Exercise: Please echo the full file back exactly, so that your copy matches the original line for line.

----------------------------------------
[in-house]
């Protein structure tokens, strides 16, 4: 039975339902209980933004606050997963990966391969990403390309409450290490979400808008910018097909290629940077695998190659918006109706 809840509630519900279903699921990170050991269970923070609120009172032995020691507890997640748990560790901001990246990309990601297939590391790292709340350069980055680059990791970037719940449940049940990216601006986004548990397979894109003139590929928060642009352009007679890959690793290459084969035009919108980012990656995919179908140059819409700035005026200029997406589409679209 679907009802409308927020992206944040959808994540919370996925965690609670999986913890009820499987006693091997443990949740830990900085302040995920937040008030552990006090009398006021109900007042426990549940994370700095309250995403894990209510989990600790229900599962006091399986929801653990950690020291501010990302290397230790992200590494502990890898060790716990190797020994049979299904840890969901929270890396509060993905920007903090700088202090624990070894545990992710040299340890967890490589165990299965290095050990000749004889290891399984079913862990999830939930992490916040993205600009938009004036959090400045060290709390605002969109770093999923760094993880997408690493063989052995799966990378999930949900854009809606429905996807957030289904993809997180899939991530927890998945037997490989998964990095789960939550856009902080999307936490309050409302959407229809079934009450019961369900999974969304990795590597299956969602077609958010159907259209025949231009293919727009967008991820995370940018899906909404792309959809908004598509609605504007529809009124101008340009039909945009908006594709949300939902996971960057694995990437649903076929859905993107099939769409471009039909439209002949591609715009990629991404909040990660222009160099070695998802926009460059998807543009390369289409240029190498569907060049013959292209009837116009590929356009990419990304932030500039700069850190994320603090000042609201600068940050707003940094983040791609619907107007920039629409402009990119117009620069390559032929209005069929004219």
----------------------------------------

[in-house]
């Protein structure tokens, strides 16, 4: 039975339902209980933004606050997963990966391969990403390309409450290490979400808008910018097909290629940077695998190659918006109706 809840509630519900279903699921990170050991269970923070609120009172032995020691507890997640748990560790901001990246990309990601297939590391790292709340350069980055680059990791970037719940449940049940990216601006986004548990397979894109003139590929928060642009352009007679890959690793290459084969035009919108980012990656995919179908140059819409700035005026200029997406589409679209 679907009802409308927020992206944040959808994540919370996925965690609670999986913890009820499987006693091997443990949740830990900085302040995920937040008030552990006090009398006021109900007042426990549940994370700095309250995403894990209510989990600790229900599962006091399986929801653990950690020291501010990302290397230790992200590494502990890898060790716990190797020994049979299904840890969901929270890396509060993905920007903090700088202090624990070894545990992710040299340890967890490589165990299965290095050990000749004889290891399984079913862990999830939930992490916040993205600009938009004036959090400045060290709390605002969109770093999923760094993880997408690493063989052995799966990378999930949900854009809606429905996807957030289904993809997180899939991530927890998945037997490989998964990095789960939550856009902080999307936490309050409302959407229809079934009450019961369900999974969304990795590597299956969602077609958010159907259209025949231009293919727009967008991820995370940018899906909404792309959809908004598509609605504007529809009124101008340009039909945009908006594709949300939902996971960057694995990437649903076929859905993107099939769409471009039909439209002949591609715009990629991404909040990660222009160099070695998802926009460059998807543009390369289409240029190498569907060049013959292209009837116009590929356009990419990304932030500039700069850190994320603090000042609201600068940050707003940094983040791609619907107007920039629409402009990119117009620069390559032929209005069929004219």